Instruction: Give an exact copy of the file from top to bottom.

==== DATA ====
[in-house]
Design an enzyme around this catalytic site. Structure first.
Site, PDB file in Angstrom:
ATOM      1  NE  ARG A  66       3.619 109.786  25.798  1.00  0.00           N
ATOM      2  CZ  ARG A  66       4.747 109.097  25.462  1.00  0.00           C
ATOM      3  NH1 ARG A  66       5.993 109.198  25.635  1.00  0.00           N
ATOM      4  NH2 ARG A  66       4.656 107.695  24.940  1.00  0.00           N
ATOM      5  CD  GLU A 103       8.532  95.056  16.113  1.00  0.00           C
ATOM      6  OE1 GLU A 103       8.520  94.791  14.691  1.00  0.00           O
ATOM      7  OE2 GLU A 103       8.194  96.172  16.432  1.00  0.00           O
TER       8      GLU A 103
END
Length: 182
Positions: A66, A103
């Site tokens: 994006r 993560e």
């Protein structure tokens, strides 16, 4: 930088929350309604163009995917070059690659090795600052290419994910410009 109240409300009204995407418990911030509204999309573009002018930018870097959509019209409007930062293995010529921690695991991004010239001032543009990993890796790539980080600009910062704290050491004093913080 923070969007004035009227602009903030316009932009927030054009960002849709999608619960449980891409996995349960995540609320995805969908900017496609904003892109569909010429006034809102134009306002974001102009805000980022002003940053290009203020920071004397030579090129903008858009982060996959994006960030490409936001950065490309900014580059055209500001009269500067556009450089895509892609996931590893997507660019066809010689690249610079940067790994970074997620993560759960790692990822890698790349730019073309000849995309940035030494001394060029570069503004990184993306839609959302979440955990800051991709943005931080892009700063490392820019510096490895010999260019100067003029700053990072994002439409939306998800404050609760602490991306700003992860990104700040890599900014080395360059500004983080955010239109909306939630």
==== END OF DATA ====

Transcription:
[in-house]
Design an enzyme around this catalytic site. Structure first.
Site, PDB file in Angstrom:
ATOM      1  NE  ARG A  66       3.619 109.786  25.798  1.00  0.00           N
ATOM      2  CZ  ARG A  66       4.747 109.097  25.462  1.00  0.00           C
ATOM      3  NH1 ARG A  66       5.993 109.198  25.635  1.00  0.00           N
ATOM      4  NH2 ARG A  66       4.656 107.695  24.940  1.00  0.00           N
ATOM      5  CD  GLU A 103       8.532  95.056  16.113  1.00  0.00           C
ATOM      6  OE1 GLU A 103       8.520  94.791  14.691  1.00  0.00           O
ATOM      7  OE2 GLU A 103       8.194  96.172  16.432  1.00  0.00           O
TER       8      GLU A 103
END
Length: 182
Positions: A66, A103
């Site tokens: 994006r 993560e």
């Protein structure tokens, strides 16, 4: 930088929350309604163009995917070059690659090795600052290419994910410009 109240409300009204995407418990911030509204999309573009002018930018870097959509019209409007930062293995010529921690695991991004010239001032543009990993890796790539980080600009910062704290050491004093913080 923070969007004035009227602009903030316009932009927030054009960002849709999608619960449980891409996995349960995540609320995805969908900017496609904003892109569909010429006034809102134009306002974001102009805000980022002003940053290009203020920071004397030579090129903008858009982060996959994006960030490409936001950065490309900014580059055209500001009269500067556009450089895509892609996931590893997507660019066809010689690249610079940067790994970074997620993560759960790692990822890698790349730019073309000849995309940035030494001394060029570069503004990184993306839609959302979440955990800051991709943005931080892009700063490392820019510096490895010999260019100067003029700053990072994002439409939306998800404050609760602490991306700003992860990104700040890599900014080395360059500004983080955010239109909306939630």